Top Stories - Posted by Amy Wolf-Vanderbilt on Friday, February 4, 2011 13:24 - 2 Comments
What 4th downs say about taking risk
VANDERBILT (US) — After studying more than 22,000 fourth-down decisions over five NFL seasons, researchers found that teams trailing by three touchdowns or less are more likely to “go for it.”
Teams trailing by wider margins actually became less and less likely to attempt a seemingly risky fourth-down conversion as the game progressed. Researchers say the findings—scheduled for publication in the journal Organization Science—may tell us something about the role of feedback and deadlines within organizations.
“The idea here is that as the deadline approaches, the time available begins to factor in to the decision to try something different in response to underperformance,” says study co-author Ranga Ramanujam, associate professor of management at Vanderbilt University.
The results suggest that as the game clock runs down, teams within striking distance of their opponent grow more and more eager to try out risky plays that might help them win the game at hand. However, teams outside that striking distance grow increasingly concerned with “saving face” or avoiding a risky move that might backfire and make them look stupid.
“We argue that this same tension between chasing organizational goals and avoiding reputational threats can help us understand risk-taking behaviors in other types of organizations,” says study co-author David Lehman from the National University of Singapore.
The goal of the study was to understand how risky organizational decisions might be shaped by performance feedback (i.e., the extent to which current performance is above or below the aspired level of performance) and deadline proximity (i.e., time remaining before an important deadline such as an earnings report date.)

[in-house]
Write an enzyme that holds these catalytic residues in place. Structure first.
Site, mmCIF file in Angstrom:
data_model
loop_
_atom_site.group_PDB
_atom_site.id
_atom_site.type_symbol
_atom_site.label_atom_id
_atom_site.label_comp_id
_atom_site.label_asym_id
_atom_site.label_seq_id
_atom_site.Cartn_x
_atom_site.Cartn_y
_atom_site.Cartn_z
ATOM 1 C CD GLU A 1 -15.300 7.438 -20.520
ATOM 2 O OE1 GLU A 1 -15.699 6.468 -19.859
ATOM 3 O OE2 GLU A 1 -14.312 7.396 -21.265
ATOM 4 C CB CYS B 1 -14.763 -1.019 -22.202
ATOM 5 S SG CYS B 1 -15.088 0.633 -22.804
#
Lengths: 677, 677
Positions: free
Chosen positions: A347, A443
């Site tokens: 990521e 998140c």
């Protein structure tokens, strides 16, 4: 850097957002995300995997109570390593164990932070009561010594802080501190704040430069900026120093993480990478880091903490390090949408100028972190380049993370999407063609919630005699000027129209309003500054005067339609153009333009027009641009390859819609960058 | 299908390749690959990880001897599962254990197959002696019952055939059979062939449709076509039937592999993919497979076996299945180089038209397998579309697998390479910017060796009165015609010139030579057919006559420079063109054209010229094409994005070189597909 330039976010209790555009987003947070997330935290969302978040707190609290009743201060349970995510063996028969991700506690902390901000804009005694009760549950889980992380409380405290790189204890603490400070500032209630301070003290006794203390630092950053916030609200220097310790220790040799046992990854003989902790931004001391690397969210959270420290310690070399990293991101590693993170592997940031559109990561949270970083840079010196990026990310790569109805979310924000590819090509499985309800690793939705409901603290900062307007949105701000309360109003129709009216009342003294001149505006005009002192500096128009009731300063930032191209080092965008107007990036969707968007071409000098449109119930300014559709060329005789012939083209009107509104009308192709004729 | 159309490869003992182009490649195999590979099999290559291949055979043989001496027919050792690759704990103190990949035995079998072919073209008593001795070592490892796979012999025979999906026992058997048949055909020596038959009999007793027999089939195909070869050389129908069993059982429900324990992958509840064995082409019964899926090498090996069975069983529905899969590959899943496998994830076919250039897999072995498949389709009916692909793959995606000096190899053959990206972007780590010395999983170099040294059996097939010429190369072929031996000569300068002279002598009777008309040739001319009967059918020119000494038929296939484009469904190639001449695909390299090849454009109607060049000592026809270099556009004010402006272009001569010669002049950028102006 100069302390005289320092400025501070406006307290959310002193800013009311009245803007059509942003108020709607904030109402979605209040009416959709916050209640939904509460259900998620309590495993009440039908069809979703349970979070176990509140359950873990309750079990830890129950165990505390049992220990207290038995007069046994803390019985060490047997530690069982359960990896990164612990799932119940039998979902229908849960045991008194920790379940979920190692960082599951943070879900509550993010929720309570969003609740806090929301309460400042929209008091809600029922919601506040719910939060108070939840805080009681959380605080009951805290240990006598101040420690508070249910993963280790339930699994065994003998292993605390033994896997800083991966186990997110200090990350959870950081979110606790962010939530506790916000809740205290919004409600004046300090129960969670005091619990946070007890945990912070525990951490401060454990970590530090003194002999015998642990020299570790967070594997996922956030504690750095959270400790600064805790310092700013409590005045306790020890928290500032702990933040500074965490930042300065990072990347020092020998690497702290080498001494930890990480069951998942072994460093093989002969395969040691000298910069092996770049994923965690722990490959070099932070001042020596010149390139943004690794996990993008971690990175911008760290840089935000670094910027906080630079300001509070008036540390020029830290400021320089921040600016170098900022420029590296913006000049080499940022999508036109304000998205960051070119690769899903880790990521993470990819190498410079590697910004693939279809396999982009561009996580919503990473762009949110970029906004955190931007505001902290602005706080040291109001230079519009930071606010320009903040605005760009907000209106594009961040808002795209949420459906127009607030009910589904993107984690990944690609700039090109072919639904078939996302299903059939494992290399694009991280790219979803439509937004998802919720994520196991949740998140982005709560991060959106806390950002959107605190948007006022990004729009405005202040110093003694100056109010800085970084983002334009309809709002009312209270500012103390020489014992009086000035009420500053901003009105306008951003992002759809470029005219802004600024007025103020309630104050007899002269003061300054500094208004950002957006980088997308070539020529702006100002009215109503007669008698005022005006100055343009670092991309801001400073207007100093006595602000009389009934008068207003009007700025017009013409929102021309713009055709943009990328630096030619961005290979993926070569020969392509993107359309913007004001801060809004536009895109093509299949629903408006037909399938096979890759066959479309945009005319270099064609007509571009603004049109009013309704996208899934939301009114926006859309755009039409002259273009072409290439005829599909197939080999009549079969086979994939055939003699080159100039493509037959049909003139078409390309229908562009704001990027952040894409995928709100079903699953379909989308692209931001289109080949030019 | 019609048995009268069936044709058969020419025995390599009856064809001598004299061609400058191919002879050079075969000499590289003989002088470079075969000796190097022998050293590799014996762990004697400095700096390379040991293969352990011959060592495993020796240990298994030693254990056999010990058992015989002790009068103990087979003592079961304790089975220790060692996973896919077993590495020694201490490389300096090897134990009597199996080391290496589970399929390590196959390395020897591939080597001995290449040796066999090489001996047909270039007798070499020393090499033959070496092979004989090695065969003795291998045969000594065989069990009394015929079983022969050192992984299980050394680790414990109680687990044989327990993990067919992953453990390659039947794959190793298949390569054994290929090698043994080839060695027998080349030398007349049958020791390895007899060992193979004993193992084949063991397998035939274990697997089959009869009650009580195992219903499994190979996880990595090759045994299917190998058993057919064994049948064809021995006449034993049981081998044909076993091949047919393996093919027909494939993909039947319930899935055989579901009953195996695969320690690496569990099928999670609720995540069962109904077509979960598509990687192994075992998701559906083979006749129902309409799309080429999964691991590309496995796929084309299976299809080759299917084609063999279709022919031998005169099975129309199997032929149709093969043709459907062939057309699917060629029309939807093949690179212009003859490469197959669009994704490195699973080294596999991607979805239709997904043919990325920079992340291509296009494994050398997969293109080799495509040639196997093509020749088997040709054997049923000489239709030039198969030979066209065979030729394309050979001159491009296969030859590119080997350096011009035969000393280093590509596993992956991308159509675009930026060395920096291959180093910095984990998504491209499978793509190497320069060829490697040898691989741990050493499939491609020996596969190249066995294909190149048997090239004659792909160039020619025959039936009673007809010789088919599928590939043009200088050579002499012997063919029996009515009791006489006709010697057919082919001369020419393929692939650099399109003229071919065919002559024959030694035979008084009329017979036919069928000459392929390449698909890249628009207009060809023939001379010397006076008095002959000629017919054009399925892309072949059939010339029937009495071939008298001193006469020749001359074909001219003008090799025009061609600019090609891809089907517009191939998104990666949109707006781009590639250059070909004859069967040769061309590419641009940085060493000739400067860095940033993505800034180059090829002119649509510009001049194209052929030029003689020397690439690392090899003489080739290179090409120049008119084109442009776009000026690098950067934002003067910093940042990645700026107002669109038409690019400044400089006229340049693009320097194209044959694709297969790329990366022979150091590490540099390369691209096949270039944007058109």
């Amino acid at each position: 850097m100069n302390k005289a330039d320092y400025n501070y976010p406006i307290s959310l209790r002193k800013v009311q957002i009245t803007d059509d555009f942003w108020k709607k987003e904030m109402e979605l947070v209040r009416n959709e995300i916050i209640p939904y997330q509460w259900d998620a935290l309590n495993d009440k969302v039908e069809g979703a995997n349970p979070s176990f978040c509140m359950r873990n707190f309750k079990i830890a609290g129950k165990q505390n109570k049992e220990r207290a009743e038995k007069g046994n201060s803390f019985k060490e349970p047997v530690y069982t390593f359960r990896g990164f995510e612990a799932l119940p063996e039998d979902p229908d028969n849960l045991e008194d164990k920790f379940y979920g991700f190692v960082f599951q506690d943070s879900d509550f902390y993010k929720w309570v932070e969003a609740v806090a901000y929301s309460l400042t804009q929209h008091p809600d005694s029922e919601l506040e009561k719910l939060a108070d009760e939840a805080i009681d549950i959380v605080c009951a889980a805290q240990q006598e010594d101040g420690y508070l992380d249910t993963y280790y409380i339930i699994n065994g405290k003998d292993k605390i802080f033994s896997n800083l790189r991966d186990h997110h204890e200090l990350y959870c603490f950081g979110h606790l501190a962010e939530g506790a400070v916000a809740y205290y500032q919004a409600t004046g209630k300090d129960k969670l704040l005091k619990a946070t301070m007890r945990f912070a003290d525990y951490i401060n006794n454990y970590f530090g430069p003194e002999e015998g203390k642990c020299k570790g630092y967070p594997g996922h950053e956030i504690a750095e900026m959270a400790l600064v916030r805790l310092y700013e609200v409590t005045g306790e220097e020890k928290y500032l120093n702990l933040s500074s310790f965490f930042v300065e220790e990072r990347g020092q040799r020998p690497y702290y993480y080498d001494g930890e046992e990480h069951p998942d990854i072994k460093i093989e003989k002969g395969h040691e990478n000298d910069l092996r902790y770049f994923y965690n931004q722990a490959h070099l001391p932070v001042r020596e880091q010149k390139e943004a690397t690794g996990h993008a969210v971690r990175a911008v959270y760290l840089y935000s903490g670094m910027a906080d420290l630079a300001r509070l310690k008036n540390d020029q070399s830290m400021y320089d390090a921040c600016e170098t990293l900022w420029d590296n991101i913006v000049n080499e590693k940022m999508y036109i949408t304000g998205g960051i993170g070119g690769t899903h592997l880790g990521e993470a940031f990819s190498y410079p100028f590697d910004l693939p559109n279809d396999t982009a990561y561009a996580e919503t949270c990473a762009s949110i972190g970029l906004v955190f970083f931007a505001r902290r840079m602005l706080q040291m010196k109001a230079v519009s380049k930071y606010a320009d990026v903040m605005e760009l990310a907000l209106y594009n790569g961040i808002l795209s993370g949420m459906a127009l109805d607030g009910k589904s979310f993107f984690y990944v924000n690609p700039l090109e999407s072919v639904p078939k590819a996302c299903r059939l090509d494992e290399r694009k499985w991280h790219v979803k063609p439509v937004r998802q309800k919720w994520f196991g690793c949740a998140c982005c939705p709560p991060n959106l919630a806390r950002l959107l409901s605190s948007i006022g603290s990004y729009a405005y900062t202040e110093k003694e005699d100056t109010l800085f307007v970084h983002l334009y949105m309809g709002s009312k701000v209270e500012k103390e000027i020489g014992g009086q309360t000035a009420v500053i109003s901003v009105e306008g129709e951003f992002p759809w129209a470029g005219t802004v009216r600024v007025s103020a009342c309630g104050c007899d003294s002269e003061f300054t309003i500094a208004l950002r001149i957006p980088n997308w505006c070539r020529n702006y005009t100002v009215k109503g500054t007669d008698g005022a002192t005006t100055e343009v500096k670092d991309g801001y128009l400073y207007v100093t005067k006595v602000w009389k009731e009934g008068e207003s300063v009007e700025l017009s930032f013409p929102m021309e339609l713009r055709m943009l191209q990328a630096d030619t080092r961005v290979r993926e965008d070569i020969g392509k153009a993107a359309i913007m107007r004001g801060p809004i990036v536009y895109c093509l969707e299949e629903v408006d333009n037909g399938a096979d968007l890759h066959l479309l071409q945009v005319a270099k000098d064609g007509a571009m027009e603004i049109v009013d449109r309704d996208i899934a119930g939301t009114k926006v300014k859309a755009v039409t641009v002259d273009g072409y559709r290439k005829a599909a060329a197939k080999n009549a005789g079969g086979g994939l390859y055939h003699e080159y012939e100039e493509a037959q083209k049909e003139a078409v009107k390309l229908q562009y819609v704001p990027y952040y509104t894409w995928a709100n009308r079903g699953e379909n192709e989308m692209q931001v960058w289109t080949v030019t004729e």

“We know that deadlines play an important role in organizational life. Part of what we’re trying to understand is how deadlines affect the well-known relationship between under-performance and risk-taking,” Ramanujam says. “In other words, when are organizations more likely to deviate from routines? This is an important question for understanding a variety of important organizational outcomes such as innovation, change and fraud.”
Risk-taking’s the exception
Ramanujam is quick to acknowledge, “Although many managers have a natural talent for finding a football analogy for every business situation, football games are very different from the operations of business organizations. However, they are sufficiently similar in some key respects to make these findings potentially relevant to business organizations.”
For instance, fourth-down decisions typically are organizational decisions in that they are based on the inputs of various people on and off the field and are based on performance relative to a target and in reference to a deadline.
Ramanujam also notes that unlike prior studies that analyzed whether fourth-down conversions are as risky as they are made out to be, this study was about understanding when teams were more likely to go for it.
“What is especially relevant to our study is that teams treat this as a non-routine choice. In more than 80 percent of fourth-down plays, the teams punted the ball,” says Ramanujam.
More news from Vanderbilt: http://news.vanderbilt.edu/research/